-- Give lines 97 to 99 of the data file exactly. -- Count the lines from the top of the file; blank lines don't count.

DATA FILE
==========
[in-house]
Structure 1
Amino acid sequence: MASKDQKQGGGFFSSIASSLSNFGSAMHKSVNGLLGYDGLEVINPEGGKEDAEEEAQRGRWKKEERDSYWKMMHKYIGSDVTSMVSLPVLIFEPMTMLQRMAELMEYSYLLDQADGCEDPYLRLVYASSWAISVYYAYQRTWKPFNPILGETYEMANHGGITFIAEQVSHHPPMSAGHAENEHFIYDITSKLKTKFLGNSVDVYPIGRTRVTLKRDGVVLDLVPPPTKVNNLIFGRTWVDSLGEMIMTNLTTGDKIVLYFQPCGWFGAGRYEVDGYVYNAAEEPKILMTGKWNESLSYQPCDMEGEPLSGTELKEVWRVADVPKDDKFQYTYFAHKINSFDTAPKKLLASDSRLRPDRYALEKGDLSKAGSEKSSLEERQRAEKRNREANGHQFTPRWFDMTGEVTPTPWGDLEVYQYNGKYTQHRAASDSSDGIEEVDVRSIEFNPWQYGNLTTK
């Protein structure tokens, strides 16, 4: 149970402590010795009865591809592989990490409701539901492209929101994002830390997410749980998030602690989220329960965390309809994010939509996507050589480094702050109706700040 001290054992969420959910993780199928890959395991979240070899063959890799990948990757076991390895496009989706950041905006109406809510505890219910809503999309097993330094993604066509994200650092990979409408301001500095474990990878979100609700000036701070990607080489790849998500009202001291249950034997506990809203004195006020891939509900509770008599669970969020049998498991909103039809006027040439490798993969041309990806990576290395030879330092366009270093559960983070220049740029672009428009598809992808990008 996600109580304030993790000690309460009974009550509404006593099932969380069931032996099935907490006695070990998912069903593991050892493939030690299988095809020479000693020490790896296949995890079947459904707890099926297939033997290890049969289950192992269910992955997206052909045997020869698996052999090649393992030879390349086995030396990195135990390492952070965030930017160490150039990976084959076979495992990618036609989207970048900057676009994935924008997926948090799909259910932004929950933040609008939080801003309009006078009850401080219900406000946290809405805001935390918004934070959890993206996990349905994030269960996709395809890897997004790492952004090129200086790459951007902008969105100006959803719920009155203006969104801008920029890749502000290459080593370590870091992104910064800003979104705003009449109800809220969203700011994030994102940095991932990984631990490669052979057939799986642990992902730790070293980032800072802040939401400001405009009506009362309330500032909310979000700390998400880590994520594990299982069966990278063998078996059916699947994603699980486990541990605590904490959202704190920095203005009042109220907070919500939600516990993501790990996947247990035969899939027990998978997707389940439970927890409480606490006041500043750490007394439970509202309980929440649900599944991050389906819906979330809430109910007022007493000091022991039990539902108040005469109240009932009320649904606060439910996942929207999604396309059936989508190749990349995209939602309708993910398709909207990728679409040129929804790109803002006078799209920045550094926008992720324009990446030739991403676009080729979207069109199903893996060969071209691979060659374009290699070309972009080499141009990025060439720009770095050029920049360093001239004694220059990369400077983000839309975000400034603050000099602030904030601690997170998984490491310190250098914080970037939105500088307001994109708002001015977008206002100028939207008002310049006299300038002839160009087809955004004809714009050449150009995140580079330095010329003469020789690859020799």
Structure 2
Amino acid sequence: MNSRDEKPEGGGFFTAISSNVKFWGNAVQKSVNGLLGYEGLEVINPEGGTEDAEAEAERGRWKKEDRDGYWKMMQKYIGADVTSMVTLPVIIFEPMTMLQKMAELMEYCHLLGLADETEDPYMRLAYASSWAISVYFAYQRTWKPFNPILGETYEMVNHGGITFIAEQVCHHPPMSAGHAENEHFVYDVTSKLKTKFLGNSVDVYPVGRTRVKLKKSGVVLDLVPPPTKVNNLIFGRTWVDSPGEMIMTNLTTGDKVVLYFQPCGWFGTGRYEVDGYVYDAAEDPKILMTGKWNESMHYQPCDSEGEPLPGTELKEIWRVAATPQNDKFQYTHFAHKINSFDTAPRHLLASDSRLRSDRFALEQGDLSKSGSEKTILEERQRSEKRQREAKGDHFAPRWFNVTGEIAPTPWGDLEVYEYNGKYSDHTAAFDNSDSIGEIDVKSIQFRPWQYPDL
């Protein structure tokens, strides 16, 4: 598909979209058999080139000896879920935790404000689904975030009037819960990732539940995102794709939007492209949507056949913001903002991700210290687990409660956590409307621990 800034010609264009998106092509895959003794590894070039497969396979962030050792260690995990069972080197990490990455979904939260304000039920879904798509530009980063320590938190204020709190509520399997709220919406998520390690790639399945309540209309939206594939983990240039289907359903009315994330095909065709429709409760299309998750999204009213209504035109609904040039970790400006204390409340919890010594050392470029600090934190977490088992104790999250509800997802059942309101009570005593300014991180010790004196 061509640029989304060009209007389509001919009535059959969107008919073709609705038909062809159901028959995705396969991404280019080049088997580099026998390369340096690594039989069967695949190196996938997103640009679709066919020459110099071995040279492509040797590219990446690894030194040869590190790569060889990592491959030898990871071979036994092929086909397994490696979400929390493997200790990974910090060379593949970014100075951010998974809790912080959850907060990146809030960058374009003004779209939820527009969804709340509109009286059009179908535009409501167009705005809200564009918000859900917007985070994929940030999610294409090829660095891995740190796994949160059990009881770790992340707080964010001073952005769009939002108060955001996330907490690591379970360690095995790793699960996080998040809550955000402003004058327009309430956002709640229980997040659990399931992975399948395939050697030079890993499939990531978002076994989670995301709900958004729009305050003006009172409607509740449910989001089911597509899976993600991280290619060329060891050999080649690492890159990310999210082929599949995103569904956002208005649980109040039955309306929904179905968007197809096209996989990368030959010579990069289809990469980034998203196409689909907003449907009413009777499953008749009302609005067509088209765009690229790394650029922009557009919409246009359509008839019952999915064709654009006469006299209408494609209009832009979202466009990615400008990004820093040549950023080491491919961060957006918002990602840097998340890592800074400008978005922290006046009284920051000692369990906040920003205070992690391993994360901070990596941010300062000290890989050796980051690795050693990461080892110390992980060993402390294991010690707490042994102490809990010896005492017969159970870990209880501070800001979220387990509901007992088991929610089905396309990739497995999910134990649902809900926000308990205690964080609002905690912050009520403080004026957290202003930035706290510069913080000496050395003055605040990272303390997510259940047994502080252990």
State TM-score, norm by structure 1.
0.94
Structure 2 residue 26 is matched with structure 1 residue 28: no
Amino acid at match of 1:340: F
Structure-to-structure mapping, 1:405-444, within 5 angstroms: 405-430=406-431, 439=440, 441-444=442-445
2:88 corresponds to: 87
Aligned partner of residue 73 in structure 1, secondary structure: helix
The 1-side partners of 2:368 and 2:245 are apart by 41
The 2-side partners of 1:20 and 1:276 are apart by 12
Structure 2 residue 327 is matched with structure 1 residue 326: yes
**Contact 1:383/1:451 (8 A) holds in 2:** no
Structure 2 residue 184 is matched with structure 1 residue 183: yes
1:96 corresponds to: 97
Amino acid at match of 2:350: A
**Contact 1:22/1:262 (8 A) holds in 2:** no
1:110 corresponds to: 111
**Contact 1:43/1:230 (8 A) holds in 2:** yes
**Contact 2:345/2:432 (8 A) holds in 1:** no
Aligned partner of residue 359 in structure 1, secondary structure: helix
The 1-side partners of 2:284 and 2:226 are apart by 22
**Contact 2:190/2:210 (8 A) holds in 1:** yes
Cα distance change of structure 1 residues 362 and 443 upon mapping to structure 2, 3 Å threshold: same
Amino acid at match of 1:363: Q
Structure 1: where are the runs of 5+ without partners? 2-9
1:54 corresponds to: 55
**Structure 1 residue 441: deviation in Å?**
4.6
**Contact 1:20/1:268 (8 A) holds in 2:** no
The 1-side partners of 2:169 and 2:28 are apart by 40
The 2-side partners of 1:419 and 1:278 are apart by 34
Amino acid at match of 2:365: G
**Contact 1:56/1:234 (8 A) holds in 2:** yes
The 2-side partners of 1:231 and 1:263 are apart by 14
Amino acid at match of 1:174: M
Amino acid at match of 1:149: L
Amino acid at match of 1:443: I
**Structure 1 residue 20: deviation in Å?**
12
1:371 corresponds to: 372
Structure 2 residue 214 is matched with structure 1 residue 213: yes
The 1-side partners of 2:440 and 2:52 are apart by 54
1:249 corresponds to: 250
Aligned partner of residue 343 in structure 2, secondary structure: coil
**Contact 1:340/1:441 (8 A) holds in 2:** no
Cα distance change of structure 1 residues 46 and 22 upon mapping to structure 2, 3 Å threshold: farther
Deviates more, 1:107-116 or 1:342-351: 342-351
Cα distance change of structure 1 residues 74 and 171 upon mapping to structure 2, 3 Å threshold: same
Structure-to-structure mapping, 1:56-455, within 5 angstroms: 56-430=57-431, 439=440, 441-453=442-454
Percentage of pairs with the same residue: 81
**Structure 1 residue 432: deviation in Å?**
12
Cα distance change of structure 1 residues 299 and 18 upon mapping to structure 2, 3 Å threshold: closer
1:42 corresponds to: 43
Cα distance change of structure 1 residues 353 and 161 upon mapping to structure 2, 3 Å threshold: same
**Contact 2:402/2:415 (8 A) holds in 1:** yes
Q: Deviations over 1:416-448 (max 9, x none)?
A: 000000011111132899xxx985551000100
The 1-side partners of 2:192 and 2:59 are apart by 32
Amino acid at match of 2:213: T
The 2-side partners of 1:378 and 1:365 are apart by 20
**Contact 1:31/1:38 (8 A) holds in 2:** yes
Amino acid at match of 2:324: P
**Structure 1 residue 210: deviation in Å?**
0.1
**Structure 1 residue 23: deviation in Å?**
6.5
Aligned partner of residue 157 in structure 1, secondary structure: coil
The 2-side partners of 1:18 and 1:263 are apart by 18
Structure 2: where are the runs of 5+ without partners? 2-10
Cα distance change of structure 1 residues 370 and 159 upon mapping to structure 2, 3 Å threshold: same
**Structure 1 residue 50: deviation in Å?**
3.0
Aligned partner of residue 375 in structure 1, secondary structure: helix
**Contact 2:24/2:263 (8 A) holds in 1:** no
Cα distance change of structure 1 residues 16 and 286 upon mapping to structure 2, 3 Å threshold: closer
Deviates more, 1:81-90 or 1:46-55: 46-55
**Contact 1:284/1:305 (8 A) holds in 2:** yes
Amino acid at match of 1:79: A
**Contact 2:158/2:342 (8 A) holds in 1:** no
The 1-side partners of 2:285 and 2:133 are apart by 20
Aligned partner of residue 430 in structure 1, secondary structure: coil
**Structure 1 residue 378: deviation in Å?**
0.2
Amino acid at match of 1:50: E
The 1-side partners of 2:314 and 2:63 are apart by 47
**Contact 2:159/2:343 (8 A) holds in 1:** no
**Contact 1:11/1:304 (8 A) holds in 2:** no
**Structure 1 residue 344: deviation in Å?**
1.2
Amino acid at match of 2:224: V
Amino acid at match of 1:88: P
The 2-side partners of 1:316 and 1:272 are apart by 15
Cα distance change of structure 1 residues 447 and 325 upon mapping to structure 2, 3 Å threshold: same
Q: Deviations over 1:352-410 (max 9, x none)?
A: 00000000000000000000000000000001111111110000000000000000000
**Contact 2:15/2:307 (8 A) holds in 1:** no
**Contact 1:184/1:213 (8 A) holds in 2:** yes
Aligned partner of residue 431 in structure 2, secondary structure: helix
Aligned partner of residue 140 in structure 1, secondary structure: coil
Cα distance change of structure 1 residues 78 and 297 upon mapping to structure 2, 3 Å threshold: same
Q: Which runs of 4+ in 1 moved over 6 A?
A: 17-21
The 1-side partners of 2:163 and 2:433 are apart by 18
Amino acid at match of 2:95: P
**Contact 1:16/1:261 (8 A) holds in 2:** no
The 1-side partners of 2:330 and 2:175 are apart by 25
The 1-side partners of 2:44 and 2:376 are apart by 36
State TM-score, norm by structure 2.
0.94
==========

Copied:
Amino acid at match of 2:224: V
Amino acid at match of 1:88: P
The 2-side partners of 1:316 and 1:272 are apart by 15